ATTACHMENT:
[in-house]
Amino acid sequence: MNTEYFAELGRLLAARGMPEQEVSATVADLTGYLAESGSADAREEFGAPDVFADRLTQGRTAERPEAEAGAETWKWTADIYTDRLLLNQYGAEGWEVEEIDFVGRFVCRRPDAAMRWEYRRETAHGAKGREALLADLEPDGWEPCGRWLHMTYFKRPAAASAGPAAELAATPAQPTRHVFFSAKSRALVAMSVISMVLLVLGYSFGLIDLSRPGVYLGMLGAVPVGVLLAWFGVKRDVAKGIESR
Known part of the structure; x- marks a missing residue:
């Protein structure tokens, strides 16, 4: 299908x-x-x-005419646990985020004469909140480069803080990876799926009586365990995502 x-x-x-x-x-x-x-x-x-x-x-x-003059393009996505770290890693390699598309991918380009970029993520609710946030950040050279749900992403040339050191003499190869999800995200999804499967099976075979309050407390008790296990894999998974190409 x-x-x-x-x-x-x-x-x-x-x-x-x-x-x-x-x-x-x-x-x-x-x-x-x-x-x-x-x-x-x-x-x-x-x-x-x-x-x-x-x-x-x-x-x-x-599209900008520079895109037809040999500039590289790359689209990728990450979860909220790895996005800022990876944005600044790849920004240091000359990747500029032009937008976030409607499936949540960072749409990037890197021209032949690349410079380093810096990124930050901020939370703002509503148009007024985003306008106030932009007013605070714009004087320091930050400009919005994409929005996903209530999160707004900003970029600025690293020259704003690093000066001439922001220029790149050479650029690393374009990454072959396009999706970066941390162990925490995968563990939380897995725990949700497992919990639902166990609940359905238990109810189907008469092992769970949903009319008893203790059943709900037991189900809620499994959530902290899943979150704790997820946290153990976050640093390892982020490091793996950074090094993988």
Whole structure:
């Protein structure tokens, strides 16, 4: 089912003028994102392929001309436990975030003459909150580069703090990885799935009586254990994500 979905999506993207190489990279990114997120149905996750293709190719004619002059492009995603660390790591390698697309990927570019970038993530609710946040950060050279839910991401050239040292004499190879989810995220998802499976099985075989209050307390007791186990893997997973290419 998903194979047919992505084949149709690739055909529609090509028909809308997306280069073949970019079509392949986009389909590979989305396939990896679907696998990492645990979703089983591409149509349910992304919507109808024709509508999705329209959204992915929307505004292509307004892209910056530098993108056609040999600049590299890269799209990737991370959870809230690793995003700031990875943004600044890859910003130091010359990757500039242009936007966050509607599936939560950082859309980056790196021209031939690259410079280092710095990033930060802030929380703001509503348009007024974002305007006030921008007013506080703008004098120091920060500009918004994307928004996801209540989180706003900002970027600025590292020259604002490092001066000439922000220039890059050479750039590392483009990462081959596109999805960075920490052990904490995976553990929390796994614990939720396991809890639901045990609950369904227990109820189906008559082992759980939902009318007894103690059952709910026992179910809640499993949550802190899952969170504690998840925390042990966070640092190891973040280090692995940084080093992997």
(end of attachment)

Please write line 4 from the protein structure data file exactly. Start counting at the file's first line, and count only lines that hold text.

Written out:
């Protein structure tokens, strides 16, 4: 299908x-x-x-005419646990985020004469909140480069803080990876799926009586365990995502 x-x-x-x-x-x-x-x-x-x-x-x-003059393009996505770290890693390699598309991918380009970029993520609710946030950040050279749900992403040339050191003499190869999800995200999804499967099976075979309050407390008790296990894999998974190409 x-x-x-x-x-x-x-x-x-x-x-x-x-x-x-x-x-x-x-x-x-x-x-x-x-x-x-x-x-x-x-x-x-x-x-x-x-x-x-x-x-x-x-x-x-x-599209900008520079895109037809040999500039590289790359689209990728990450979860909220790895996005800022990876944005600044790849920004240091000359990747500029032009937008976030409607499936949540960072749409990037890197021209032949690349410079380093810096990124930050901020939370703002509503148009007024985003306008106030932009007013605070714009004087320091930050400009919005994409929005996903209530999160707004900003970029600025690293020259704003690093000066001439922001220029790149050479650029690393374009990454072959396009999706970066941390162990925490995968563990939380897995725990949700497992919990639902166990609940359905238990109810189907008469092992769970949903009319008893203790059943709900037991189900809620499994959530902290899943979150704790997820946290153990976050640093390892982020490091793996950074090094993988």